b. It doesn't help if you force the PC to rush around trying to [successfully] link up in correct order, it's 1000 [possibly fragmented] parts. Much better if it only had to find 5 parts.
    c. And doesn't each file part have to be listed in the FAT [don't know about NTFS], so that the FAT can become HUGE. One HUGE partition with tiny clusters to be avoided.

    "what if the lorry was also responsible for delivering a teaspoon of apple juice to 1000 other customers?"
    My idea is that you suit the container size to the amount to be held.
    Hence, tiny quantities would be held in tiny containers in small vehicles.
    A van would deliver the small items; a tanker would deliver the huge loads.
    Small partitions [C: D:] holding small files in small clusters...
    Big partitions [E: F:] holding big files [video, MP3, wave] in big clusters.
    Imagine if there was a program that would...
    Sort files according to size; make partitions with sizes to suit, and make the cluster sizes to suit.

    Paul
    "That just wouldn't happen. Windows would attempt to keep the fragments to a minimum"
    Perhaps so, and perhaps it would succeed [increased probability of error?], but to keep such good order WORK must be expended.
    If the right things are done, it is possible to minimise the necessity of Windows to expend effort.
    [Climbs on soapbox]
    There is a modern tendency to solve all problems by EXPENDING...
    Money...Energy...Species...Land...Lives.
    Increased efficiency...Reduced conservation of resources.
    [Get's off soapbox]
    Take it to the extreme...Imagine if each file was held in 1,000,000 clusters.
    Doesn't it take effort to find and correctly recombine all of those?
    Isn't there a greater posibility of mistakes being made?
    Last edited by Sylvander; 06-10-2006 at 04:17 AM.

  11. #11
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    In the real world you would never have a partition consist 100% of "large" files...
    I have partitions that only contain image files - usually 600mb or 2gb in size.

    But that's not the real point. There a two distinct issues that are being overlapped. Cluster size per se and its effects on file managment generally but of defragmentation in particular. When a file is to be loaded into RAM (or swapped into virtual memory) some "intelligence" is used and so each cluster isnt copied and then the next cluster's position worked out and then it gets copied, etc. The file's whole lay-out is mapped first into where and how many sectors are to be copied from each contiguous block. A contiguous block of data can be copied quickest not only because of "read ahead" but also because the heads don't have to make any dramatic movements. The cluster size is thus not important though the number of non-contiguous file fragments is. It wouldn't make any difference if each byte (or each bit) was contiguous and mapped in an analagous manner.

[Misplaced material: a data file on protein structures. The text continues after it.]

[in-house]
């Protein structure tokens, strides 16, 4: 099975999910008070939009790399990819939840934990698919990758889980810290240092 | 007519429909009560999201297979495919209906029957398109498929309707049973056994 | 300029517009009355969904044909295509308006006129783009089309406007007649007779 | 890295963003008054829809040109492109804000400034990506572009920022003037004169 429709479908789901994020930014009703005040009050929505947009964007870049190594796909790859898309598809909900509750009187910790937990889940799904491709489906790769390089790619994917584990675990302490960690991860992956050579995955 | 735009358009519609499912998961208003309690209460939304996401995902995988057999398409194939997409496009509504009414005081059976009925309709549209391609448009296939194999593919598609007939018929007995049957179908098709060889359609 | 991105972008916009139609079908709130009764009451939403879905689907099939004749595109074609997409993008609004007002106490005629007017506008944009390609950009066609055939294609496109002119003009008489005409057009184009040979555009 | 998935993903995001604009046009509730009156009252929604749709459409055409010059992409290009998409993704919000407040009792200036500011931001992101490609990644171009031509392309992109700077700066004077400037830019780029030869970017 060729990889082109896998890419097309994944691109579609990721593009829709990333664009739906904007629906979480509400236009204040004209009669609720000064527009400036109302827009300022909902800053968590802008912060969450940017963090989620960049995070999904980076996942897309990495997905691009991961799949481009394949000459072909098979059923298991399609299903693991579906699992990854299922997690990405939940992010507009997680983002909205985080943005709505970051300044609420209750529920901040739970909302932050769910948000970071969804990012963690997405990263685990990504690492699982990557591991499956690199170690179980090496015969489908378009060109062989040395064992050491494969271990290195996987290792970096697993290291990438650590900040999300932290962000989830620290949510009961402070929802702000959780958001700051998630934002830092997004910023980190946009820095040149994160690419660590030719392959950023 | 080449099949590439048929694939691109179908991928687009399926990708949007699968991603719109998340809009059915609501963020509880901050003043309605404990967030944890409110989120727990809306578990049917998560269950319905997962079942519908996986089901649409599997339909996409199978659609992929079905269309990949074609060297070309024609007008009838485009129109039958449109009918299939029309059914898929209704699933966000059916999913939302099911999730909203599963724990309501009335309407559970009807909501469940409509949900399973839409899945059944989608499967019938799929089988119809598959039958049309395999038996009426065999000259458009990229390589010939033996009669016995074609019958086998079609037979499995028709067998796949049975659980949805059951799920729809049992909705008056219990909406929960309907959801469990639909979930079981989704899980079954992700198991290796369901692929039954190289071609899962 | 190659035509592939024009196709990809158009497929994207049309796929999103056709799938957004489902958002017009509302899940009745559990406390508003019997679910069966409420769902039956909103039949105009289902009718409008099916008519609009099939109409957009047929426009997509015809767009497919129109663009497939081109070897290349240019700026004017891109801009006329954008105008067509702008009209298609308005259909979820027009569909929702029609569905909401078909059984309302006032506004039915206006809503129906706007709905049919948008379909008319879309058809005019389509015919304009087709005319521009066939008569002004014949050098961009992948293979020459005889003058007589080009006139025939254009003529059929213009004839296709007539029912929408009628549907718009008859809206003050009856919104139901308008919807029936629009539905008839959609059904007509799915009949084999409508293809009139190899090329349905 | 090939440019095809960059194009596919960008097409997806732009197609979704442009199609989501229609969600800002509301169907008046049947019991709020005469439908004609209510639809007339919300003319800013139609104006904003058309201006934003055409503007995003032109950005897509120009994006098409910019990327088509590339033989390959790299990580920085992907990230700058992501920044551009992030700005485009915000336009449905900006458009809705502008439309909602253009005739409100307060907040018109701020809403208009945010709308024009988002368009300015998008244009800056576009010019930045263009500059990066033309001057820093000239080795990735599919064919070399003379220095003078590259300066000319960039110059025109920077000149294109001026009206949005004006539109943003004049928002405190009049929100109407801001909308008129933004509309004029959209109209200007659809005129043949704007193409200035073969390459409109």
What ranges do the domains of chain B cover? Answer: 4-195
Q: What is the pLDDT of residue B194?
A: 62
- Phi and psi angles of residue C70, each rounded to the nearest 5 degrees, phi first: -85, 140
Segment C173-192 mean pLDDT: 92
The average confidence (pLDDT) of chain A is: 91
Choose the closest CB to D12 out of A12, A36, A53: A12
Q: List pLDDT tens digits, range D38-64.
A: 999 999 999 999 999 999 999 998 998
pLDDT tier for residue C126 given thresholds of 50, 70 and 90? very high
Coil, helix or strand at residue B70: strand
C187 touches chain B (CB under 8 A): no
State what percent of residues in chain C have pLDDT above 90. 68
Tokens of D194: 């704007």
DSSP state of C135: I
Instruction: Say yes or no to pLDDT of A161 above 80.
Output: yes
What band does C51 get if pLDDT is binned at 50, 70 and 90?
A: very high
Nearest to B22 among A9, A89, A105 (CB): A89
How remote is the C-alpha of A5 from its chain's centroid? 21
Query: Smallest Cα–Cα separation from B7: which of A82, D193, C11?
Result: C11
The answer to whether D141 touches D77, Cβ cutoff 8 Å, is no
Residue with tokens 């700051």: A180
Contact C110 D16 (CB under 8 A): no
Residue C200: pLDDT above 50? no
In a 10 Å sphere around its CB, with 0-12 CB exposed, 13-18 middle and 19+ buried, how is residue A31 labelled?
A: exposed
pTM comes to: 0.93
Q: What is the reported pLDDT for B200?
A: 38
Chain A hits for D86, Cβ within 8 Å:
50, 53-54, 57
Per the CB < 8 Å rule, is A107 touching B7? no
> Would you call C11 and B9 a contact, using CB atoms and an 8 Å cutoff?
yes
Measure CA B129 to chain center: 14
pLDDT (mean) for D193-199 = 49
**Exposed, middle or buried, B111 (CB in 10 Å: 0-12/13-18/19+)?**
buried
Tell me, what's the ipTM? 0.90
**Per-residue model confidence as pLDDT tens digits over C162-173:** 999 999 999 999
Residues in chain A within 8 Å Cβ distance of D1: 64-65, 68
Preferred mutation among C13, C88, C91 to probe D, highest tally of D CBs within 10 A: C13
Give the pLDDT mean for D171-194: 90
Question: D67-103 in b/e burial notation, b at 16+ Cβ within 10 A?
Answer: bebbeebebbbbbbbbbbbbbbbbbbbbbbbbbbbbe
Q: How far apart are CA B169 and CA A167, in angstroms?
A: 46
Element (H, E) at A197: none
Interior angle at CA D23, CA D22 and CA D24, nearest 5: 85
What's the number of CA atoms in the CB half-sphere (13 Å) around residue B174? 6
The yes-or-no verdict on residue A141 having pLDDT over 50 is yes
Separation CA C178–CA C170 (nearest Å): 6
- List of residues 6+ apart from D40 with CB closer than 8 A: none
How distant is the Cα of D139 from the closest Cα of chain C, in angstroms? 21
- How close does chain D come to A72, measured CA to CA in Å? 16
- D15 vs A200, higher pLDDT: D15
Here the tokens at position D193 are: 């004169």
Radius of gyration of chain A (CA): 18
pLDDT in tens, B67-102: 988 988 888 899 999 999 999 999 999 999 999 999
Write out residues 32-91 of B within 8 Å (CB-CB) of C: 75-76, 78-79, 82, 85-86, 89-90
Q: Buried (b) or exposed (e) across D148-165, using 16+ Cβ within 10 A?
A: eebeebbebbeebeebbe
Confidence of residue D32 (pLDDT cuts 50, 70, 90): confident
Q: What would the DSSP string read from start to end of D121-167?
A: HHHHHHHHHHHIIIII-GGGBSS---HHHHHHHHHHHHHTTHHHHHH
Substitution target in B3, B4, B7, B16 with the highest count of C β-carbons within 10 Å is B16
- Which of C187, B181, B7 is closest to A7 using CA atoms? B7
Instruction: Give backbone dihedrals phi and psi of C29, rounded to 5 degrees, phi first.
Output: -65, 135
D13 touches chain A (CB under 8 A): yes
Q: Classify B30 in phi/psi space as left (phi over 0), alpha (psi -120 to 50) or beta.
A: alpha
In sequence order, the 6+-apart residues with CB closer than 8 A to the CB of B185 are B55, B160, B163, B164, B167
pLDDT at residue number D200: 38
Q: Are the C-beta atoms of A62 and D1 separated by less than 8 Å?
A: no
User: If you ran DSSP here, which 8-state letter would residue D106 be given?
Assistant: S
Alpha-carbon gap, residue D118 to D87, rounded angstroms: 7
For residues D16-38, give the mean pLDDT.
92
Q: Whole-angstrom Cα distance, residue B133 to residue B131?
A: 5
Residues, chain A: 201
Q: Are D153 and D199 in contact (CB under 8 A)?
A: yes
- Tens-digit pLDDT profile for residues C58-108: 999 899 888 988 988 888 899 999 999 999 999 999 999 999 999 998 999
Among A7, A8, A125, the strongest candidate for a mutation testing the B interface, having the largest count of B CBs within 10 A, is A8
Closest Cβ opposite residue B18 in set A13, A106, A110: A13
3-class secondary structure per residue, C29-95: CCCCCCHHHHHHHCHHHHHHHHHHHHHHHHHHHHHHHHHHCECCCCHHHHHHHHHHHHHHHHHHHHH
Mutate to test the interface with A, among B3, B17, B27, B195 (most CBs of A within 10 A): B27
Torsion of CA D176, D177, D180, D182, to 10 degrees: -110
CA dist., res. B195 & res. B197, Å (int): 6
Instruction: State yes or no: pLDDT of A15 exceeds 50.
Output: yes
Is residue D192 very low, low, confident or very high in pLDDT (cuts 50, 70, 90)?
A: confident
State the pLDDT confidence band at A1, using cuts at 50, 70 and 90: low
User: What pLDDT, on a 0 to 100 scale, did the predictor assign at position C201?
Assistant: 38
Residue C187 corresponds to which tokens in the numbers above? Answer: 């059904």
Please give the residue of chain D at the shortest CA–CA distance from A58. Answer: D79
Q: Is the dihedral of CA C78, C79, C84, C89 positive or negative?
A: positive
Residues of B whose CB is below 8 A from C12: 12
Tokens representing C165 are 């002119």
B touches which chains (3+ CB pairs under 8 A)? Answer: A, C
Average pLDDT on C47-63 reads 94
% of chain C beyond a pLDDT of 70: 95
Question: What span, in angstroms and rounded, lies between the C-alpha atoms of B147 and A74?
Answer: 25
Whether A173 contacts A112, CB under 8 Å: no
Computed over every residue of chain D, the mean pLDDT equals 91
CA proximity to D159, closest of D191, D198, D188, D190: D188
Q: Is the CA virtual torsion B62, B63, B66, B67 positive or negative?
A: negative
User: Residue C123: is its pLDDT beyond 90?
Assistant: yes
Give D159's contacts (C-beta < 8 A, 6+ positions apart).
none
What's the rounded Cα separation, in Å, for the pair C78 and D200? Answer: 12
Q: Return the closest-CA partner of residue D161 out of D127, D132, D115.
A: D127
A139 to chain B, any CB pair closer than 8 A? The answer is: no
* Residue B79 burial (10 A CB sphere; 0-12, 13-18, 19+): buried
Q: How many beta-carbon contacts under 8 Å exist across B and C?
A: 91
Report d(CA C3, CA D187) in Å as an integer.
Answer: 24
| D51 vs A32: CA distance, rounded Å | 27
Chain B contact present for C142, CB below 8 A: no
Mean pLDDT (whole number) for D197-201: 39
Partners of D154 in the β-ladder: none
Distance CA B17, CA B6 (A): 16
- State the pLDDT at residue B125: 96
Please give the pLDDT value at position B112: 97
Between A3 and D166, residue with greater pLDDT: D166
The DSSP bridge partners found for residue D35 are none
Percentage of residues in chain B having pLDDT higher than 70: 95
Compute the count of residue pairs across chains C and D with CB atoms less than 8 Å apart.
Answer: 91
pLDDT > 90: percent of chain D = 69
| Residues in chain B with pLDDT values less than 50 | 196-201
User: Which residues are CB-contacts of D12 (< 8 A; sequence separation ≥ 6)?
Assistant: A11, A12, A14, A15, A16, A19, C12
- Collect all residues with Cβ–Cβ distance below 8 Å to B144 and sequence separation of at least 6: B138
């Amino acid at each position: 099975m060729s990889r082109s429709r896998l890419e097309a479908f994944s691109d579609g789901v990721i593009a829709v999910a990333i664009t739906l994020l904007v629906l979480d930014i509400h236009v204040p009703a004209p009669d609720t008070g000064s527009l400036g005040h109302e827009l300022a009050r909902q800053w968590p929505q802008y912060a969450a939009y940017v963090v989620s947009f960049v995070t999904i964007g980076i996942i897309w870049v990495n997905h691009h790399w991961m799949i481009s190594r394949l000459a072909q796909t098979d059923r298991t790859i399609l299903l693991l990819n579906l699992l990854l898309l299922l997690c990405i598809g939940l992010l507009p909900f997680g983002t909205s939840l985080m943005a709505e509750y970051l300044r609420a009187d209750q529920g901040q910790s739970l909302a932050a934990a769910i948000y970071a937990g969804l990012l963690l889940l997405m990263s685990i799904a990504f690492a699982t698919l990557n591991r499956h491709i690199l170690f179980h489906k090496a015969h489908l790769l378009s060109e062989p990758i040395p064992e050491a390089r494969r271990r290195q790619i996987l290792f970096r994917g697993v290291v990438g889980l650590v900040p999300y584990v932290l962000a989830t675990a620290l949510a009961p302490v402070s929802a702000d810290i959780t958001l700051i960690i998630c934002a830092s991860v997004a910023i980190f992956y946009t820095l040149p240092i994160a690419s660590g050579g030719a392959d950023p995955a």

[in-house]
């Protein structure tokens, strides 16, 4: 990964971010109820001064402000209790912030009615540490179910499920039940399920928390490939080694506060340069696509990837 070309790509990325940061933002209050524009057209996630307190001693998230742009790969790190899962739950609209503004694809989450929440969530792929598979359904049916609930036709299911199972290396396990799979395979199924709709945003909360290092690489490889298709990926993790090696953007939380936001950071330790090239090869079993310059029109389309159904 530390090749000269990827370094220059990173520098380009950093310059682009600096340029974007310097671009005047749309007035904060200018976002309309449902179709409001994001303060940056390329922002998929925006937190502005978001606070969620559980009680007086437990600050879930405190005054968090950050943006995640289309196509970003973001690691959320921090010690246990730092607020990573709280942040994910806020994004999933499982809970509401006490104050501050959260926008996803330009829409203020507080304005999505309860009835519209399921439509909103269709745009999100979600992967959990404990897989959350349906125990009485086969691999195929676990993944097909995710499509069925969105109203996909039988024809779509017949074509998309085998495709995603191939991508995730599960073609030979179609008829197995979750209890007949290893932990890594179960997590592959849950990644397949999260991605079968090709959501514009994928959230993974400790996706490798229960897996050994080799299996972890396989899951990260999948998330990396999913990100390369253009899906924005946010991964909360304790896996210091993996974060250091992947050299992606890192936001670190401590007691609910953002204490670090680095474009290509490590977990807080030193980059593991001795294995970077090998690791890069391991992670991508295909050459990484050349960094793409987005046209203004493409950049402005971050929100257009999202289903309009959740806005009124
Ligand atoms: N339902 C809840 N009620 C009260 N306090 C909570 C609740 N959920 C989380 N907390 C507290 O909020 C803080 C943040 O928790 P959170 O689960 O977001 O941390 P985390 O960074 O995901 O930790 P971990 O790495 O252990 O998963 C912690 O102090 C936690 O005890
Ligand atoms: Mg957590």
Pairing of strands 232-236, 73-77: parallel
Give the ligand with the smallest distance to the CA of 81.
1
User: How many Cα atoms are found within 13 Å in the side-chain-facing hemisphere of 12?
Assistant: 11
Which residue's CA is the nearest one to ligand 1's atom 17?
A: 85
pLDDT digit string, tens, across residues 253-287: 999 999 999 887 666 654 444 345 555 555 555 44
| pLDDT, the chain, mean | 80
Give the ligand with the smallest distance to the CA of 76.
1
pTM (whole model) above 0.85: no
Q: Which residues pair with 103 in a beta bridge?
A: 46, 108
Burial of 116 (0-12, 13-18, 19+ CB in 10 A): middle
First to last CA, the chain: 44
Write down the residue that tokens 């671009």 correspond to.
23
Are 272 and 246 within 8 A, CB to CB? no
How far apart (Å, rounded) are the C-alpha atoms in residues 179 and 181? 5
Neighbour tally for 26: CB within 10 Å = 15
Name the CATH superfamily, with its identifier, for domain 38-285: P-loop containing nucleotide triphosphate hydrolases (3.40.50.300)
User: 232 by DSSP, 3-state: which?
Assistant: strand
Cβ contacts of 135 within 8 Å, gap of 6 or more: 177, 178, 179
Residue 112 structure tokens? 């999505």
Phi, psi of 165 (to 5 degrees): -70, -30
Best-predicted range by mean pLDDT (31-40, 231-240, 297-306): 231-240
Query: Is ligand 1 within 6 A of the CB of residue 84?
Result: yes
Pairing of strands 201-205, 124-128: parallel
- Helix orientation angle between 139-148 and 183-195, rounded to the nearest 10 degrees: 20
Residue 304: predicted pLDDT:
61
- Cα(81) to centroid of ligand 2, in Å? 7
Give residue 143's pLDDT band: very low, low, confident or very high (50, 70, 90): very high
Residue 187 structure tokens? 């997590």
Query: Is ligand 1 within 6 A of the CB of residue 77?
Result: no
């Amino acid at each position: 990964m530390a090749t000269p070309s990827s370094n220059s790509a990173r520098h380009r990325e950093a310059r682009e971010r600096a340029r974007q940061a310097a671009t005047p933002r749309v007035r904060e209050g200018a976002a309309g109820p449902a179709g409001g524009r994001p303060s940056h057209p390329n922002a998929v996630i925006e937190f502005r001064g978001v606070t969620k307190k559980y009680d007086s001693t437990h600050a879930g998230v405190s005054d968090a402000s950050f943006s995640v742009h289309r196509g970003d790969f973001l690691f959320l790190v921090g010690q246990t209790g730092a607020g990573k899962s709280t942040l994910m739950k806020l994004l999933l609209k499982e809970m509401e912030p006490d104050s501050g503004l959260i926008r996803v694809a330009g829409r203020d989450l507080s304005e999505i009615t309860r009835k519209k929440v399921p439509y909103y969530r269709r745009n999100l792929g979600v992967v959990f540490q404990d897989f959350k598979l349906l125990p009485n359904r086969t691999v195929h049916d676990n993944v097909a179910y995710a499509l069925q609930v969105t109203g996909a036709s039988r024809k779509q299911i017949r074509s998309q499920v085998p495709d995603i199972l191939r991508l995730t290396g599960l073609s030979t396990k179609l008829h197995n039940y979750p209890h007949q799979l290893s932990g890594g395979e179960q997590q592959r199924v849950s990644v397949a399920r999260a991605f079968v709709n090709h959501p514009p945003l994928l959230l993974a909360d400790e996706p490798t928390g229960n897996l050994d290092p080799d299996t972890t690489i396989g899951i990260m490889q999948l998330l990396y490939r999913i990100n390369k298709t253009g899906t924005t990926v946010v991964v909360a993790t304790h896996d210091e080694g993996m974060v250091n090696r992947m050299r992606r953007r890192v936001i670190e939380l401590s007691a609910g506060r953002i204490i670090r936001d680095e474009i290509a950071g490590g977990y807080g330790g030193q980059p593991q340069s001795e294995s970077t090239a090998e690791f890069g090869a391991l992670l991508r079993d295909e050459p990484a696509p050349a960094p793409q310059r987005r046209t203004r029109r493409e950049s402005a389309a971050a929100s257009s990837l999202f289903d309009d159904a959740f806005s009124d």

Errors shouldn't be a problem (barring bad sectors or untoward interruption) since error checking goes on with every file i/o; that issue is a distraction. As for expending energy - that is a distraction also and it is indeed hard to know exactly what you mean. The cpu seldom works flat out all the time so there is a lot of spare capacity there just for one example.

    The software developers of operating systems havent spent millions of hours designing and improving on how the kernel operates without giving due regard to efficiency and speed. At times some personal tweaking of systems can produce finite noticeable effects but there is so much extra capacity involved in modern systems that it seems somewhat anal to want to keep one's house so absolutely clean and tidy and tweaked to the last.

    The poster's original question relates to just such a phenomenon. The advice was that the volume didn't need defragmentation - but this was done none-the less. Why? Possibly because it was believed that this would make a noticeable difference to performance or possibly because the thought of a grid with a few "misplaced" fragments didn't look pristine enough.

    In the winter I have a herd of cattle kept in sheds that have to be cleaned-out every day or so. One could go mad trying to lift every bit of manure (contiguous or not!!) and keep the sheds constantly and beautifully clean but as soon as one pat is swept up another one is being deposited. Its only when there is a signifcant build-up of manure that the sheds must be emptied or the cows would get dirty or there would be problems with calving. One only needs to defrag a file-system when the fragmentation has reached the stage of impairing function.

    Take it to the extreme...Imagine if each file was held in 1,000,000 clusters.
    A million is hardly extreme when you consider that a modern CUP can operate at some 4 thousand million cyles every second. And a million 4k clusters would be a 4gig file - not unheard of by any means.
    Last edited by Paul Komski; 06-10-2006 at 07:32 AM.
    Take nice care of yourselves - Paul - ♪ -